Tuesday night we had another dinner at the buffet, then took a tour of the casino itself, which is located on a dry-docked riverboat. It's basically three floors of slot machines, with a few blackjack tables and roulette wheels inserted among them. And plenty of flashing lights to get customers in the mood to gamble.


Our man Allan decided to give a slot machine a try. He started with ten dollars, and just sat there pushing a button, making random arrangements of various designs appear on the screen. (It's all electronic now - no physical gears to turn.) The screen would beep and the numbers would show that he had won twenty dollars. He kept pushing the button, and we gathered around to watch.

Nathan and I were among the cautious ones, advising him to stop playing when he reached $40. He continued playing, and his loot declined. 

Nathan said, "Stop Allan. Don't let it get below $30." But Allan continued, allowing his winnings to slip below $30. Foolish move, or so we thought. Suddenly the machine made some dramatic moves upward, as Allen somehow activated a double action free play bonus. Within a minute, his total was up to $183.

Rather than continue playing, Allan decided to stop there. He pushed the payout button, which produced a paper voucher. Allan carried that over to a cashier's window, and within another few seconds, had $183 cash in his hand. It was looking like a pretty good night for Allan. 

Dennis, always looking for a creative business angle, suggested that Allen's good fortune was the direct result of his being hired for this gig by The WannaBeatles, which might make a certain percentage paid to the group appropriate. Allen didn't quite see the reasoning of that proposal, and Dennis was just joking anyway.

Wednesday was our travel day, getting from Rising Sun to Greenwood. It was not too far, but we had to leave without eating breakfast, so we were looking for a place to stop.

We found a gas station that had snacks. I noticed they used the term "pop" for soda or soft drinks. I took a picture of their sign, since that's something we don't see in Nashville. 

We enjoy listening to music, talking shop, and carrying on business while in the van. Dennis sets up his laptop, and answers the phone "WannaBeatles Mobile Office. May I help you?" 

WannaBeatle David, our tech dude, has a cable that gets music from his iPhone to the aux input of Nathan's car stereo. That is too much sound for Dennis to operate his mobile office, so he uses his winter overcoat as a temporary sound baffle. David took this picture of Dennis under his overcoat, operating the Mobile Office.

We never saw a Waffle House along the road (surprise!) but saw a sign for a restaurant called The Sherman House in Batesville. It was already time for lunch, but we called ahead to see if they would serve breakfast. They said yes.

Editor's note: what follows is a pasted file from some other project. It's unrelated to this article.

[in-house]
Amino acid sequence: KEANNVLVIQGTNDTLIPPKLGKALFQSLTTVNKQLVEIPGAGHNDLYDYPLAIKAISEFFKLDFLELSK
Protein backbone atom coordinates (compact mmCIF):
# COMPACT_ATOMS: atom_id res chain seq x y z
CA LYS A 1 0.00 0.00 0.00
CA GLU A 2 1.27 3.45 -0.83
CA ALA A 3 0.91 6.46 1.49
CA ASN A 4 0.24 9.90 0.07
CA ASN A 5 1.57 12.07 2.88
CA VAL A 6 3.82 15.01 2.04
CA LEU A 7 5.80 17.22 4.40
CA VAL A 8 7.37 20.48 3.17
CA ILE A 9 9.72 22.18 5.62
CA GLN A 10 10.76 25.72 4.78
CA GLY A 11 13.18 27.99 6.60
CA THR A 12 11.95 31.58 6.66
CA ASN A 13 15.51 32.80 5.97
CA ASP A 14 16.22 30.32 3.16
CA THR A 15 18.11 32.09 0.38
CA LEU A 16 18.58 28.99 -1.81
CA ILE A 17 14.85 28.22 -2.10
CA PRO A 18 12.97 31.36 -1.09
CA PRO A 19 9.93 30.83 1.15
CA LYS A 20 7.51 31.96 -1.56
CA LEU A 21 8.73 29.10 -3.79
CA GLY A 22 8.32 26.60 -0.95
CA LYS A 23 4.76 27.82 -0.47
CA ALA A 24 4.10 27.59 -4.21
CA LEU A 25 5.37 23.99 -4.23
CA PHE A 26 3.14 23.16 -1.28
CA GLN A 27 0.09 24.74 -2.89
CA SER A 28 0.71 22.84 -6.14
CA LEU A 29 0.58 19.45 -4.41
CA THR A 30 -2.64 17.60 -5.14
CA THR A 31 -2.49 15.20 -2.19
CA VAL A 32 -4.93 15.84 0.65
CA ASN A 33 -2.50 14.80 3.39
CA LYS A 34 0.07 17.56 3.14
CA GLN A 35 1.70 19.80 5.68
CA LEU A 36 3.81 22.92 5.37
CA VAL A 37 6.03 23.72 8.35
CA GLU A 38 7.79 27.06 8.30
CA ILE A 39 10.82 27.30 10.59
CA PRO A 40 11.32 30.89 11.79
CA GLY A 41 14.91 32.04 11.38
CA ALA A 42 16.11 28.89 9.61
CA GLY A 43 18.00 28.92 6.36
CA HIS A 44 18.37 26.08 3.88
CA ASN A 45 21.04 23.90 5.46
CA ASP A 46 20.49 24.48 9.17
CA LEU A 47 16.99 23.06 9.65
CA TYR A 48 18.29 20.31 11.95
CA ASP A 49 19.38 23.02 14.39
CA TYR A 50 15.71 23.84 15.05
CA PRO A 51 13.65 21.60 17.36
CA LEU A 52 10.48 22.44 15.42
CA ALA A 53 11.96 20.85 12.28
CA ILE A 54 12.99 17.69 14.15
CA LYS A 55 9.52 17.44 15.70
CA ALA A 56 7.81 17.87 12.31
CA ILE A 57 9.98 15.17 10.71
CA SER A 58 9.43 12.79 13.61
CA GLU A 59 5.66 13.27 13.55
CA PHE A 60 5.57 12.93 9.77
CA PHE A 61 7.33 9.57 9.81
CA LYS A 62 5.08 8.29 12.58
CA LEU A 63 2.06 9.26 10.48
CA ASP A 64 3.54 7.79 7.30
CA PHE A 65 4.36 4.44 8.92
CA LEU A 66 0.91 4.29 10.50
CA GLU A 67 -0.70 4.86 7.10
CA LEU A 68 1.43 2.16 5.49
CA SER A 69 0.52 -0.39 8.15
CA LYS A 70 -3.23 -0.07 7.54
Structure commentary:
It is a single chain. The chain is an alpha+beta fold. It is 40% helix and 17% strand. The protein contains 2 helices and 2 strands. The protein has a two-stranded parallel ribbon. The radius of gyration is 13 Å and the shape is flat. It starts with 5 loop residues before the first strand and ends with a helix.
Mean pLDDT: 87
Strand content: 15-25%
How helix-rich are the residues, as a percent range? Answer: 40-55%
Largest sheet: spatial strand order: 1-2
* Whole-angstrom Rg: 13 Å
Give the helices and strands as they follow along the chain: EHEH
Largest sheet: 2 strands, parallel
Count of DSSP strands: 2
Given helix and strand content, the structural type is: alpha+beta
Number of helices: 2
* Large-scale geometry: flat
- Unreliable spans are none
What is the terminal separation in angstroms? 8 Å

It turned out The Sherman House was named for Gen. William T. Sherman, the man who, among other things, marched through Georgia, burning everything in his path. Since I'm a native Georgian, I was raised with a view of Gen. Sherman that would differ radically from the view of those fine folks of Indiana who commemorate him in this particular restaurant. I managed to keep my hereditary resentment under control as we ordered and waited for and finally enjoyed our food. We even asked the waiter to take our photo.

Dennis, David, Bryan and Nathan at Sherman House in Batesville, Indiana, Wednesday December 11, 2013

One thing I noticed on the menu, besides the absence of grits, was a side item called "goetta." We used our iphones to google it, and discovered it's a breakfast meat that is popular in the Cincinnati area.  We didn't order it, so we'll never know what those folks eat for breakfast.

After the meal I texted the Good Yoko (also a Georgia native) about eating in a restaurant dedicated to the memory of Gen. Sherman. She replied "was everything served burned?" We all loved that one. That's why she's the Good Yoko.

We arrived at Greenwood in the late afternoon, checking into a Hampton Inn. We found Jonathan Byrd's, and set up our gear again for another party the next day.

We ate at Texas Roadhouse next door to our hotel. The next morning, we assembled for the sound check and show, and had another fine time. Angie was a delightful hostess again.

We ate dinner with the guests, and at our table was a man named Larry who started a conversation about Fender amps, and a woman named Jenny who had once made a leather vest for William Lee Golden of the Oak Ridge boys. They made us feel right at home. Larry also became the audience volunteer who joined us onstage for the song "When I'm 64," and he was great.

We were headed home to Nashville after the show, which meant leaving around 4 pm. We almost made it to Louisville before sunset.

A few more photos from the trip home….

David calls this his Ponderosa coat because it reminds him of Hoss on "Bonanza." 

Nathan was happy to find gas for 3.09 per gallon.

The sunset along I-65 just north of Louisville.

And one more moment. After crossing the line back into Tennessee, we stopped at exit 112 on the way back - Sad Sam's, to check out their fireworks prices. Unfortunately, they charged a dollar each for poppers, and we can get them cheaper online. Another sad story (for retailers) from the internet age.

However, we did see a huge statue of an Indian, standing guard over the property. Since we had been to Indiana, and had several conversations about the odd fact that so much of our country is named for the native population that no longer lives here, it felt poignant, sad, noble, ridiculous and comical all at once to see this statue, apparently promoting a fireworks store, watching over us.  

There's no place like America. 

-bloggin bryan 15dec13